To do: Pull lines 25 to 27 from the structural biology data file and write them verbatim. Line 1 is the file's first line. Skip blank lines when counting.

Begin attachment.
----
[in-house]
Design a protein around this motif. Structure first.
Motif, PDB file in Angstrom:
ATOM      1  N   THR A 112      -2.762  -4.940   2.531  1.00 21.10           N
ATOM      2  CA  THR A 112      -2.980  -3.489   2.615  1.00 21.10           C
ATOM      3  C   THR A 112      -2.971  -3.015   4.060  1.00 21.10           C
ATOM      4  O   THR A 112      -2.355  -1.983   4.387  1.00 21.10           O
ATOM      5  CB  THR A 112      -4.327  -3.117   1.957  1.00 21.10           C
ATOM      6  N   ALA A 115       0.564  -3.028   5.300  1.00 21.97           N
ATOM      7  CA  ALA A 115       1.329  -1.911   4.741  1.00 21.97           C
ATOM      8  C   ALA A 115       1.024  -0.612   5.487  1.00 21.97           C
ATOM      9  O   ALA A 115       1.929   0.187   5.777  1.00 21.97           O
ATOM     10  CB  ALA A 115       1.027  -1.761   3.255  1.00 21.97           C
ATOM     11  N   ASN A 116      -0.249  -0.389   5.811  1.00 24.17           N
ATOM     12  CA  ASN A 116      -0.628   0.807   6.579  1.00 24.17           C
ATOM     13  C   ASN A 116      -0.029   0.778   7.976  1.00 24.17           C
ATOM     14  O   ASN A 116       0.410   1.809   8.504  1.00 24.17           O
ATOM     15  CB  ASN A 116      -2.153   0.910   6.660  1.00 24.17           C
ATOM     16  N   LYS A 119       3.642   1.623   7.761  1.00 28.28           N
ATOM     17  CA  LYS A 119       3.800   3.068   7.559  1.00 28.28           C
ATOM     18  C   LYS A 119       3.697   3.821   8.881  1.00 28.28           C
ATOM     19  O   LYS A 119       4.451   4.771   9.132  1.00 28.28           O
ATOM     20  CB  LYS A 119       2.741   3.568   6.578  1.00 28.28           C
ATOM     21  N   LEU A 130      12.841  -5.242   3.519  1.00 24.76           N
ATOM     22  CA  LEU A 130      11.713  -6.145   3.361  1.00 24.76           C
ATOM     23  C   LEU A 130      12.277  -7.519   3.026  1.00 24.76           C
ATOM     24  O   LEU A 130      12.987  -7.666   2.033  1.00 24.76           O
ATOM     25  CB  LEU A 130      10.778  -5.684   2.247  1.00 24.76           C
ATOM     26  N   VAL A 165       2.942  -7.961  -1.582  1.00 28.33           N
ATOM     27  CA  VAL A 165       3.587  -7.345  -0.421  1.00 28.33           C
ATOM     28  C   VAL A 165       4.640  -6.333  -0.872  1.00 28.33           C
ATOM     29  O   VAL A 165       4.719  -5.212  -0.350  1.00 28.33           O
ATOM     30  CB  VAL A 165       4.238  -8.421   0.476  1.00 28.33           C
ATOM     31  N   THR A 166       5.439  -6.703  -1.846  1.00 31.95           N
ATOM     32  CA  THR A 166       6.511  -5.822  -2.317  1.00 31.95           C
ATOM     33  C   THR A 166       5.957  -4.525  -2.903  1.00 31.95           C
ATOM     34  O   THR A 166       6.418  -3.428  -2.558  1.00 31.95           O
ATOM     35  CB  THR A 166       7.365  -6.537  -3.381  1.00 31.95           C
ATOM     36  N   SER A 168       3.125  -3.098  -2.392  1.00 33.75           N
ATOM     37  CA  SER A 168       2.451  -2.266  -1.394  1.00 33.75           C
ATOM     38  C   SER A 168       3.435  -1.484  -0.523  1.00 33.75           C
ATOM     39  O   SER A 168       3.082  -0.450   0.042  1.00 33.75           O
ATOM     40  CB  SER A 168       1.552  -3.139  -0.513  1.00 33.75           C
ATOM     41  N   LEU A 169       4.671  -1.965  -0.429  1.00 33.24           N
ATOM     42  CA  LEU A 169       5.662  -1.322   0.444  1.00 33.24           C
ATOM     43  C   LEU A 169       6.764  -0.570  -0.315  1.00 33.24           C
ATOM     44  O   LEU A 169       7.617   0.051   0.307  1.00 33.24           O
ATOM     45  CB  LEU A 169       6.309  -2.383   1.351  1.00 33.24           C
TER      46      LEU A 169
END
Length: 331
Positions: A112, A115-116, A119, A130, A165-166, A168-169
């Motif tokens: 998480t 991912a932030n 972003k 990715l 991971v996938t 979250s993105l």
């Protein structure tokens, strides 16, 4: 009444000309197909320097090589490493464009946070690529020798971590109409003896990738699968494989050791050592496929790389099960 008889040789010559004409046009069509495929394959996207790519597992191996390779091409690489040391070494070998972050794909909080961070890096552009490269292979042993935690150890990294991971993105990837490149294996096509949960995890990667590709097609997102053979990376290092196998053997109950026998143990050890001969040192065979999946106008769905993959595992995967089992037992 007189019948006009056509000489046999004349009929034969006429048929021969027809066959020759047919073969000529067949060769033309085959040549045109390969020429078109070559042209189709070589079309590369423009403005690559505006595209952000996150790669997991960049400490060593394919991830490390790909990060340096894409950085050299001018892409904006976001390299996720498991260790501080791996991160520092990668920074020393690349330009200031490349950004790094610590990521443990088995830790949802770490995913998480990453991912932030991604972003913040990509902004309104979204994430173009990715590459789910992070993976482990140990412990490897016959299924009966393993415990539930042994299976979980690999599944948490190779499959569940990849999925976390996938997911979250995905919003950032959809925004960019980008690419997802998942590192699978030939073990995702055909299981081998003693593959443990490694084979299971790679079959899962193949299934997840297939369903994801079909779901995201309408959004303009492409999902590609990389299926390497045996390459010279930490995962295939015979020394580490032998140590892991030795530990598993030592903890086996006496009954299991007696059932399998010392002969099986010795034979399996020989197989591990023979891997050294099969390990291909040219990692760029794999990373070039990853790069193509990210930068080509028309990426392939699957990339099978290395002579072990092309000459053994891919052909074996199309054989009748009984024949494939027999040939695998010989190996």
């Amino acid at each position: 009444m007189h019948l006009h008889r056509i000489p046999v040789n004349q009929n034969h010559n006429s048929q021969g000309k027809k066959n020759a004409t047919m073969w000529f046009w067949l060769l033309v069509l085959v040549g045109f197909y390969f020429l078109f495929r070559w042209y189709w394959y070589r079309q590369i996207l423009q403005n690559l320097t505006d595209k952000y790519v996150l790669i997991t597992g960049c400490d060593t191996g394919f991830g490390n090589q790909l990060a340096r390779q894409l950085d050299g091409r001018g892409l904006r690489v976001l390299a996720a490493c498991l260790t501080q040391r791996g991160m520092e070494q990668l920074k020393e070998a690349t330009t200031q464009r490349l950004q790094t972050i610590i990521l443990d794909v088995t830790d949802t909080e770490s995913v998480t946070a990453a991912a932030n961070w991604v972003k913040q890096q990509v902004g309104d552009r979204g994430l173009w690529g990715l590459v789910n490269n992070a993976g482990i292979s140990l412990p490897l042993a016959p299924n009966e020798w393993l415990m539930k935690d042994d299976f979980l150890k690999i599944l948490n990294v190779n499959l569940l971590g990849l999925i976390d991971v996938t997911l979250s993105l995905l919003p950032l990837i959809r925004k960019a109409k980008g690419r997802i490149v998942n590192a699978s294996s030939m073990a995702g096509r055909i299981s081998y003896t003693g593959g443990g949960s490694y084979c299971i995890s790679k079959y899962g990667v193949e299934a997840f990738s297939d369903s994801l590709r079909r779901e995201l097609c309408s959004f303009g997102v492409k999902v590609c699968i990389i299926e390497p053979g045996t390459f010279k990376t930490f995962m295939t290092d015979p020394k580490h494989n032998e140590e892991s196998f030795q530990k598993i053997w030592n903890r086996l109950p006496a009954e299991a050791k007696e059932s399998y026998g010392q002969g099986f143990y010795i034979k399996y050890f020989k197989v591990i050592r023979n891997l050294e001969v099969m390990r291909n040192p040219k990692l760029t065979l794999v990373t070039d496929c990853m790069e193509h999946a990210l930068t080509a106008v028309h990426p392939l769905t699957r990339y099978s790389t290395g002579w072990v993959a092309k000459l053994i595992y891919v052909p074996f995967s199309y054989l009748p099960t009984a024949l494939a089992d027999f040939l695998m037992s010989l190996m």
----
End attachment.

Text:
ATOM     22  CA  LEU A 130      11.713  -6.145   3.361  1.00 24.76           C
ATOM     23  C   LEU A 130      12.277  -7.519   3.026  1.00 24.76           C
ATOM     24  O   LEU A 130      12.987  -7.666   2.033  1.00 24.76           O